Time for Schooling to Keep Up

By Greg Whitby, 23 May 2018


Weekly Column from the Executive Director of Schools, Diocese of Parramatta

If you believe the newspaper headlines, our schools are headed for a shake-up. The recently announced curriculum review is aimed at ‘decluttering’ what many see as an already crowded curriculum, with the priority being to ensure that literacy and numeracy are treated as ‘foundational skills’. The review will also incorporate the recent ‘Gonski 2.0’ recommendations on how we can improve student performance.

The three areas identified for review (curriculum, technology and the nature of teaching) are important because none of them can operate properly without the other. Each element is critical to ensure that today’s learners are equipped with the skills necessary for tomorrow’s jobs.

The first area identified for review is the curriculum itself. The NSW curriculum is organised around specific areas of knowledge or key learning areas (for example, Maths, English, Science etc). Secondary students have the opportunity to incorporate vocational education and training (VET) subjects in their patterns of study. There is a lot of content to cover which makes it difficult to explore specific subjects areas in depth or provide students with the opportunity for them to seek out personal areas of interest.

Technology is the second significant area targeted for review. In the past, the main focus on technology use was to provide students with devices and for keeping up-to-date with the latest apps. Now it needs to be about using technology to enhance learning and create better teaching practice.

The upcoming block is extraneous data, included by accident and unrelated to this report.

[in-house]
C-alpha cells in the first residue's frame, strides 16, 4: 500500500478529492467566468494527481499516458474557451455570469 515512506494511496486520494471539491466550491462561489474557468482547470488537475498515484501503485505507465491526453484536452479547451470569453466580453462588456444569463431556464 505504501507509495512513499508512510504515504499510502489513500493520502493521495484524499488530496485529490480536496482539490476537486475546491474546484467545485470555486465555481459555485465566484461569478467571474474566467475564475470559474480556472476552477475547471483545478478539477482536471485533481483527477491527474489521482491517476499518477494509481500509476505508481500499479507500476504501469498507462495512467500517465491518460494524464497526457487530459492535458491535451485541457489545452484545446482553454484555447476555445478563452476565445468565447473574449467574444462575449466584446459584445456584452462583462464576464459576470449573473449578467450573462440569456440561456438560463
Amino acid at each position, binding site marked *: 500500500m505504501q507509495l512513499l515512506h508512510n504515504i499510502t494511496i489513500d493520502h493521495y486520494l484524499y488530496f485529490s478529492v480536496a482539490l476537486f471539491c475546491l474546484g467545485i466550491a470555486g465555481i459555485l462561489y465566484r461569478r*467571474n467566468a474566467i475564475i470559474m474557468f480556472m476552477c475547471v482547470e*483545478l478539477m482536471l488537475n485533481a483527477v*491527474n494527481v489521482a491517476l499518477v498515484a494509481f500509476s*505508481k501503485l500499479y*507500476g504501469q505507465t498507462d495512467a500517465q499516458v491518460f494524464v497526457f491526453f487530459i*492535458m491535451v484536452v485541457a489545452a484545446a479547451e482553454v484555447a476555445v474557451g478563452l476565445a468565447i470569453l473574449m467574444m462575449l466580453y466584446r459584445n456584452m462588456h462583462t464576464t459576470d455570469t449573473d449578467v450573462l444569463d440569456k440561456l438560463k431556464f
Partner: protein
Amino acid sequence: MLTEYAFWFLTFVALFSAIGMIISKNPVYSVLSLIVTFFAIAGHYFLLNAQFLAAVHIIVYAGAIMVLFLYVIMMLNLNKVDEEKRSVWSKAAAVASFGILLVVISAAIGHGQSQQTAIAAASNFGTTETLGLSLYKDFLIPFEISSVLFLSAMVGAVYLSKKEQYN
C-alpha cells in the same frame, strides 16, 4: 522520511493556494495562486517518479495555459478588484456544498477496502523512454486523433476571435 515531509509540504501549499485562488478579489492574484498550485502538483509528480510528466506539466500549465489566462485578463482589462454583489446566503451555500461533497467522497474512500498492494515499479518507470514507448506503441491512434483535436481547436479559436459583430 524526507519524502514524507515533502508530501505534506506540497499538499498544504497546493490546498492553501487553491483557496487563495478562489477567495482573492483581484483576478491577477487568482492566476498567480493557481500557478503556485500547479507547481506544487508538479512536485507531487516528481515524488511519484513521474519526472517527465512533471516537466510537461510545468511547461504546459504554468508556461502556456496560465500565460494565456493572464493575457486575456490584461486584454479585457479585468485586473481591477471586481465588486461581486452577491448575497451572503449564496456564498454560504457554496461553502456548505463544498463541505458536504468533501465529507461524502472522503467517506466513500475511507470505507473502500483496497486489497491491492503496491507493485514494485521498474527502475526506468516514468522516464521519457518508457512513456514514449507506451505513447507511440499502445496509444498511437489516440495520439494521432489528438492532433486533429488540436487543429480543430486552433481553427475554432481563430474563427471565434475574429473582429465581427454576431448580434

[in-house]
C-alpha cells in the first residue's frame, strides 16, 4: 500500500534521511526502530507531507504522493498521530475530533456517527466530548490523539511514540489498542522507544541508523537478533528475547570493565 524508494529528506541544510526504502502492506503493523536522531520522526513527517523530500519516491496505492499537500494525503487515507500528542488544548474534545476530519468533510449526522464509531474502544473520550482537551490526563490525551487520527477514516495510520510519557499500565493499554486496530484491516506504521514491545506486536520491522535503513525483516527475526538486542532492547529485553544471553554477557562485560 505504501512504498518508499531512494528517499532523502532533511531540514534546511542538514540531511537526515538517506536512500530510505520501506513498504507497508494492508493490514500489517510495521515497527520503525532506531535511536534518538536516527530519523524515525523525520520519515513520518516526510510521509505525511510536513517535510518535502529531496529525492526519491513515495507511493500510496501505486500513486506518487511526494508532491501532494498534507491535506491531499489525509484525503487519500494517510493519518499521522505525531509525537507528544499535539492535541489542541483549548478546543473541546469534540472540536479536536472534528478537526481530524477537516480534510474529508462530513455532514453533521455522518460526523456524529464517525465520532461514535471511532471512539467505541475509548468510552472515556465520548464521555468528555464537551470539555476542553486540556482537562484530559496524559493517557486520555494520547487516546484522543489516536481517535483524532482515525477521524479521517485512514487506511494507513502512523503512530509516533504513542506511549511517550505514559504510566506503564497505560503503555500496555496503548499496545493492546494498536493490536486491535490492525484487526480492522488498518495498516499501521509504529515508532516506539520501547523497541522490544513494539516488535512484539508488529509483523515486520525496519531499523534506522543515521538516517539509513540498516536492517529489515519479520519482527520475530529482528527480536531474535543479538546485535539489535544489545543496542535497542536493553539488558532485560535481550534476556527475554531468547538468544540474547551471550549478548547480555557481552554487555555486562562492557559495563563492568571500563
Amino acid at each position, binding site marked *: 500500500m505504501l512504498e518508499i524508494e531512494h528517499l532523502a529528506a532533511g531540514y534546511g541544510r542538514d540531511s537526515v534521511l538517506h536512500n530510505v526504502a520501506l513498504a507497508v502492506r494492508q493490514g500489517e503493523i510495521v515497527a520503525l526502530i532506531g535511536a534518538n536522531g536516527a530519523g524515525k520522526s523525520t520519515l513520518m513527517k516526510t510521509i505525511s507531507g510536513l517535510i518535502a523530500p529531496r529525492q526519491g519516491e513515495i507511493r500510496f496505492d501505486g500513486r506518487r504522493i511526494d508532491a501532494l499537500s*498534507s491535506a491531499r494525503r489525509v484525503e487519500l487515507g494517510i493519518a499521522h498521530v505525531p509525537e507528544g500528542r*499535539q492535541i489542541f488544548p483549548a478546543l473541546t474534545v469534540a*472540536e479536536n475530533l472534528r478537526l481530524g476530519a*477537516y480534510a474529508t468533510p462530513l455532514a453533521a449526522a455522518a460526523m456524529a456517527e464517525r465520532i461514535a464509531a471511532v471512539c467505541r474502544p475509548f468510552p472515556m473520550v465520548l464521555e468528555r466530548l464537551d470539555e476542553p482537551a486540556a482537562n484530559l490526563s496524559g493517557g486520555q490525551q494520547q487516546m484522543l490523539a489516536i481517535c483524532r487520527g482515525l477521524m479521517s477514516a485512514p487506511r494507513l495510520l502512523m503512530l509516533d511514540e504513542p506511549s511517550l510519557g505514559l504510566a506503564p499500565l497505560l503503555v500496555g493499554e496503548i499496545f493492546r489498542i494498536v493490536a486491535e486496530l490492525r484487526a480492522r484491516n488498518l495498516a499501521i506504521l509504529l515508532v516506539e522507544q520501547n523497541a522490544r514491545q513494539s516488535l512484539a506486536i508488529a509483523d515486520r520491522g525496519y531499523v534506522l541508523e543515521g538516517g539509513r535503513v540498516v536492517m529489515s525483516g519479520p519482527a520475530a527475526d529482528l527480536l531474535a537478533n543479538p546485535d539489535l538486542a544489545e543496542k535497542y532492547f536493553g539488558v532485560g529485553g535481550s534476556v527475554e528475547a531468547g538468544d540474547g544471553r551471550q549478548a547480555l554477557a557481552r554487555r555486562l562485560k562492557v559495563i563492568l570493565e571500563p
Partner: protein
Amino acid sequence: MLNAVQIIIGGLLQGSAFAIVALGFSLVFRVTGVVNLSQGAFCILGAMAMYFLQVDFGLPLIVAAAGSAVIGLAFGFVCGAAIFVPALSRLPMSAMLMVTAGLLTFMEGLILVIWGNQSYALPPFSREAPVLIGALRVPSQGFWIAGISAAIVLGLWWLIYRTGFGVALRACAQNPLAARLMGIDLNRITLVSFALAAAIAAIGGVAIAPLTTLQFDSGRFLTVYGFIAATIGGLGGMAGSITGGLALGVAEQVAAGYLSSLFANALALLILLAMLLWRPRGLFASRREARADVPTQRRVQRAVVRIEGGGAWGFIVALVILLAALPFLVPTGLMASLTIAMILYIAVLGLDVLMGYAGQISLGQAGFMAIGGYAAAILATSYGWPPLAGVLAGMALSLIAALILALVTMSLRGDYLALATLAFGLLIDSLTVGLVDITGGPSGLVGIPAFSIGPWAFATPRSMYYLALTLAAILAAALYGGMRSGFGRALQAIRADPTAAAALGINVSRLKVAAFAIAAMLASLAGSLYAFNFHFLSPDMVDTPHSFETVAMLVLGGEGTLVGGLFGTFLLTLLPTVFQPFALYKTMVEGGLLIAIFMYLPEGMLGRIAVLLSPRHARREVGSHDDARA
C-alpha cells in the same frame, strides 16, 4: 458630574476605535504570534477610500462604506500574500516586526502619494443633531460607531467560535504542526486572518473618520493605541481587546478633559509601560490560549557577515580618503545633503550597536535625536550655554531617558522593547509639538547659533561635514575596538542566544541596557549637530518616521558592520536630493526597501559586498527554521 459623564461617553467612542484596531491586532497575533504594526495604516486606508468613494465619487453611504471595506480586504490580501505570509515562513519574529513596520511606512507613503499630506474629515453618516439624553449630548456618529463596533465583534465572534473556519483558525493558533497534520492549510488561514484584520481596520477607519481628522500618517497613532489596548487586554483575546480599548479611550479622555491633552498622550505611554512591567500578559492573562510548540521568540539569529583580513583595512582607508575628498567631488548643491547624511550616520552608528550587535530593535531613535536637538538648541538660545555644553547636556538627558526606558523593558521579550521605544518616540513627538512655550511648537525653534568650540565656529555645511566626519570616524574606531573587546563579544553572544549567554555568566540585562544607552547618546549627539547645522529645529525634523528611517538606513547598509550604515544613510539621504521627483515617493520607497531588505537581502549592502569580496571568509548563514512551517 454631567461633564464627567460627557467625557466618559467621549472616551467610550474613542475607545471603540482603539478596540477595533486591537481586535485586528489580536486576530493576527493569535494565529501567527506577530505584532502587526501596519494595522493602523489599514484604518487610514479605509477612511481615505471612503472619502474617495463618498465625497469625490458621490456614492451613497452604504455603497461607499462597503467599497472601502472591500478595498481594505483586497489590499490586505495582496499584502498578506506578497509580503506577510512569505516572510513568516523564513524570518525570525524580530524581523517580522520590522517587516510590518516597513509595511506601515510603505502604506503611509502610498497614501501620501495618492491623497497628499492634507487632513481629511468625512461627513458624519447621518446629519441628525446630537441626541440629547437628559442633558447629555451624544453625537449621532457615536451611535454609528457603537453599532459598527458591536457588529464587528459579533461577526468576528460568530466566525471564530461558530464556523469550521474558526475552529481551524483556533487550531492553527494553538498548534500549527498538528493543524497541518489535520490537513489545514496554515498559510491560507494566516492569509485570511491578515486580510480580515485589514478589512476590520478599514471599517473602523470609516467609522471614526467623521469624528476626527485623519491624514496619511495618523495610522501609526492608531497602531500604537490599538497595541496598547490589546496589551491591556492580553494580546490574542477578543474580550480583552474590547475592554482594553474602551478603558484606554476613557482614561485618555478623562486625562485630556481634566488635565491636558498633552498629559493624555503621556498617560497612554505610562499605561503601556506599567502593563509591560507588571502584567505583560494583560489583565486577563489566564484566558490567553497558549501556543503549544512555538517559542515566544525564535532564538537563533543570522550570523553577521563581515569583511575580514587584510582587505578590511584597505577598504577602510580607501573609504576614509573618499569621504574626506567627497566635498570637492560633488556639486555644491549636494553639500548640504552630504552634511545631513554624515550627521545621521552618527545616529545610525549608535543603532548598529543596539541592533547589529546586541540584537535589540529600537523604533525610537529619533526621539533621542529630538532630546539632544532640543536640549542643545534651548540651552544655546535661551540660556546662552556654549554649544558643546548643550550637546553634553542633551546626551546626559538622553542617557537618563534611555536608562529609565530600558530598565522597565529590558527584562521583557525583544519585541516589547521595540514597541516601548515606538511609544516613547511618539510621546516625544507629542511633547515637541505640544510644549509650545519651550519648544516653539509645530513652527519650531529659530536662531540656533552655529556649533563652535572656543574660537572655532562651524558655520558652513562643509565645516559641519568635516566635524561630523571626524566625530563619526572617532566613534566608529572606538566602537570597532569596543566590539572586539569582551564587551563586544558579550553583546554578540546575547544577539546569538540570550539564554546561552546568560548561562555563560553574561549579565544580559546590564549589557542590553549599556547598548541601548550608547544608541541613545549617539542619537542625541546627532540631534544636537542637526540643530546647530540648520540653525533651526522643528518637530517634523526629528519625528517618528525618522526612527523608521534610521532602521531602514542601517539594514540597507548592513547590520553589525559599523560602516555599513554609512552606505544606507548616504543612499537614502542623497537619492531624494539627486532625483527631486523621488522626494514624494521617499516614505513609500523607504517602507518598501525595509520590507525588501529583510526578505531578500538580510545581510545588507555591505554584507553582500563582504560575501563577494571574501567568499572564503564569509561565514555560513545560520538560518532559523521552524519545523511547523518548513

The third area is perhaps the most important of all. A good teacher is the most powerful app students have in today’s world. Ask most teachers and they will tell you that an over-crowded curriculum and the ever-increasing compliance burden leave little time for the real work of teaching. We need to address the changing nature of the work, given that we operate in a highly connected and global community. As much as possible, we need to be looking at how we can release teachers from the burden of compliance so that they can get on with their core work, which is bringing learning alive for young people.

This review needs to chart a new path. If we get more of the same or a watered down version of the existing curriculum, or we spend more money on devices rather than on technologies to deepen learning and improve teaching, it will be a waste of time and money.

I’d like to see greater involvement from parents, teachers and the wider community in a discussion about what we want today’s learners to know and do. As NSW Premier Gladys Berejiklian said when the review was announced, the world has changed since the last major curriculum review in 1989. It is time for schools to catch up!

Greg Whitby

Executive Director of Schools – Diocese of Parramatta


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